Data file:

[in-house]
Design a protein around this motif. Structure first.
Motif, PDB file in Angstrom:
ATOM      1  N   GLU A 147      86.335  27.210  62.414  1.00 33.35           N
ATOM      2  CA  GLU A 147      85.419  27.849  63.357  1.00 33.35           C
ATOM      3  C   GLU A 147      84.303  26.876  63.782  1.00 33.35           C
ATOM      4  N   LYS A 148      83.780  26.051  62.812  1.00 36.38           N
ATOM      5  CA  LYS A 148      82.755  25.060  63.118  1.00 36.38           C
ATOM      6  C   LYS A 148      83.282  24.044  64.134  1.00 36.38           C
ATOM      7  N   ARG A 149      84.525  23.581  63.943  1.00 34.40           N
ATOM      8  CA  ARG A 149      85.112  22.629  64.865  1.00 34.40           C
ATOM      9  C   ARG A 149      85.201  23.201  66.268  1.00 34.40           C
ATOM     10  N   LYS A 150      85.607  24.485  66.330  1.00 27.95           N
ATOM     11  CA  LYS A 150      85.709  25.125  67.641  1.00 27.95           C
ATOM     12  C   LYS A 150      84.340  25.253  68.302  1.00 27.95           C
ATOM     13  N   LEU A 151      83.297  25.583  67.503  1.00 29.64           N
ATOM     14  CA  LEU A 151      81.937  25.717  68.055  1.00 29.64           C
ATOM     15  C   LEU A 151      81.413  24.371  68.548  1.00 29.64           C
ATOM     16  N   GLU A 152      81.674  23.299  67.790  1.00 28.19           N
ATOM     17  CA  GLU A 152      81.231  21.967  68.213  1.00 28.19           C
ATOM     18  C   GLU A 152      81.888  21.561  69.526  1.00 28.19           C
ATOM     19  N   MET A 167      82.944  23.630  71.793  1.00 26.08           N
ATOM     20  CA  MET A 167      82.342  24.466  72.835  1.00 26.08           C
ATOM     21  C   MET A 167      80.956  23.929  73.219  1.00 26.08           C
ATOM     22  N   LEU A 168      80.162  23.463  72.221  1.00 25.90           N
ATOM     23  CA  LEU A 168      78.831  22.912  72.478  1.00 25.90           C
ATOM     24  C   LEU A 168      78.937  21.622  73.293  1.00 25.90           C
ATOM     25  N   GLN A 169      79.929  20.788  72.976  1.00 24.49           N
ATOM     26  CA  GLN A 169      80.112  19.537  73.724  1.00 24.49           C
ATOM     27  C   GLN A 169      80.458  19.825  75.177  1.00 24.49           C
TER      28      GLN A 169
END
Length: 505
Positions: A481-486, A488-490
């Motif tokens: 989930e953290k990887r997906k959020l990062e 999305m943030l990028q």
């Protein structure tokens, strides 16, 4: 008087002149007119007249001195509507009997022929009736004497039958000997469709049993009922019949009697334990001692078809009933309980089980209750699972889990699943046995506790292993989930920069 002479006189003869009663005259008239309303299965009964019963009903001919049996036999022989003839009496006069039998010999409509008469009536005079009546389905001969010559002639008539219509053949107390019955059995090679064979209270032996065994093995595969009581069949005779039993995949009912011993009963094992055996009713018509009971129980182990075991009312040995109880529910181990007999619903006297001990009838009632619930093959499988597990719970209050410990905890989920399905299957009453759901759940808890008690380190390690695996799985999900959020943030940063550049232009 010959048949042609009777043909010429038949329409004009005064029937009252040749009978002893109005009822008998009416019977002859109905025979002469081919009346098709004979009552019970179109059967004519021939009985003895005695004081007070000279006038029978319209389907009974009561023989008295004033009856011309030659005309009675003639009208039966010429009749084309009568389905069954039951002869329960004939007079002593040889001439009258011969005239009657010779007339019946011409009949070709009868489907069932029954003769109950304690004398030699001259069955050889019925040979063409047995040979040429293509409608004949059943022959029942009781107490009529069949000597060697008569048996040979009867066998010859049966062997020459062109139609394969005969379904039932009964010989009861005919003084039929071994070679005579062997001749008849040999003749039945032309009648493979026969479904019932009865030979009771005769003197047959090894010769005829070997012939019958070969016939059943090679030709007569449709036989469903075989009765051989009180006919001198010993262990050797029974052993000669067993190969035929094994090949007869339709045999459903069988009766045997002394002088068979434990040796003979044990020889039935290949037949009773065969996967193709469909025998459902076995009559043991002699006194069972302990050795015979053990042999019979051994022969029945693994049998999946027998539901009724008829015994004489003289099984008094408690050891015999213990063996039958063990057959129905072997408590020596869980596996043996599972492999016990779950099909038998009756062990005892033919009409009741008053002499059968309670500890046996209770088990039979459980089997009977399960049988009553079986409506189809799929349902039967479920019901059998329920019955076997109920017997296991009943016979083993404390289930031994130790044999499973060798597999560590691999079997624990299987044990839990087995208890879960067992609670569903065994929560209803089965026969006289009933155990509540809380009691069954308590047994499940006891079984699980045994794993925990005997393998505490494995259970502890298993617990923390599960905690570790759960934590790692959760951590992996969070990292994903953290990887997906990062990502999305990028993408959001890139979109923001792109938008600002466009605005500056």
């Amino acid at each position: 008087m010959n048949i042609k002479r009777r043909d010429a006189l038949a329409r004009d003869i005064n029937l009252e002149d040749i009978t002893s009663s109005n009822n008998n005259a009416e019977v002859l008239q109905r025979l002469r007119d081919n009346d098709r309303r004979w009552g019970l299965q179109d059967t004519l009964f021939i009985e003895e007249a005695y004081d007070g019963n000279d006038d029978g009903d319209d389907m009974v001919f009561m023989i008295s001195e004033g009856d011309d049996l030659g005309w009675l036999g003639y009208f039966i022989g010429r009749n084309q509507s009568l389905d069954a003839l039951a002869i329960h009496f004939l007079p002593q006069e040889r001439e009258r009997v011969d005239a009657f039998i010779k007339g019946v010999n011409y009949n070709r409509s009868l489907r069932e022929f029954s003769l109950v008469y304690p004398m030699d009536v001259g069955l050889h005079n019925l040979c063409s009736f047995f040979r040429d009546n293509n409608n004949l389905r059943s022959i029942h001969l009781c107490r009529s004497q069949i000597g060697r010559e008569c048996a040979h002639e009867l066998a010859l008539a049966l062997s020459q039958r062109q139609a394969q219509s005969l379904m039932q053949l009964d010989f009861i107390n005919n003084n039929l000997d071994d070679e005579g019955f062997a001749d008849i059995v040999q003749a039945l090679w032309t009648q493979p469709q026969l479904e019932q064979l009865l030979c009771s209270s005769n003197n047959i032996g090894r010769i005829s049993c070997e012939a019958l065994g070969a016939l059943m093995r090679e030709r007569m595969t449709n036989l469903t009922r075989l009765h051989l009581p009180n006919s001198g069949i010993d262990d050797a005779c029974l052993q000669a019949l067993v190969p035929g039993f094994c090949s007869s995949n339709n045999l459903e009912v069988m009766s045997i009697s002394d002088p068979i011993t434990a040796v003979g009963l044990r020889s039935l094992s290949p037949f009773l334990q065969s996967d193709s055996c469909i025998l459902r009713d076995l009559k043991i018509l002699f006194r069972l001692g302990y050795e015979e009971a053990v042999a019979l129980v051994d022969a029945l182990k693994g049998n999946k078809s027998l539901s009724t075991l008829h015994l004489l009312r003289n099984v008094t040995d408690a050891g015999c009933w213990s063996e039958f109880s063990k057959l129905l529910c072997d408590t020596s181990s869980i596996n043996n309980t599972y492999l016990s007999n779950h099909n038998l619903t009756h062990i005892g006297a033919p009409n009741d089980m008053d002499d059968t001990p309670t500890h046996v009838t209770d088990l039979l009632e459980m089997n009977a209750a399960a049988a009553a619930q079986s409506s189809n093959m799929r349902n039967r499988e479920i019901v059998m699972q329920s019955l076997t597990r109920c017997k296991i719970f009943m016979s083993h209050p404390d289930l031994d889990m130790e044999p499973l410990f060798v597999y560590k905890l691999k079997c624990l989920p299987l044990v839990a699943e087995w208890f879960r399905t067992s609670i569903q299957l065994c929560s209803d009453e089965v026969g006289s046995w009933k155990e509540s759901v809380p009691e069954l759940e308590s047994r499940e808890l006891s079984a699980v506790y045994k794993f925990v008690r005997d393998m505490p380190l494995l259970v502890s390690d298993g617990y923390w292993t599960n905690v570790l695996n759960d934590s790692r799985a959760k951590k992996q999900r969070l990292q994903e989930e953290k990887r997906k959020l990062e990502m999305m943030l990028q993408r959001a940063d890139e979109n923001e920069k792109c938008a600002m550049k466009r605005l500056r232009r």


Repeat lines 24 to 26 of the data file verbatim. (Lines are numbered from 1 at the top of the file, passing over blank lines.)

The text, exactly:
ATOM     21  C   MET A 167      80.956  23.929  73.219  1.00 26.08           C
ATOM     22  N   LEU A 168      80.162  23.463  72.221  1.00 25.90           N
ATOM     23  CA  LEU A 168      78.831  22.912  72.478  1.00 25.90           C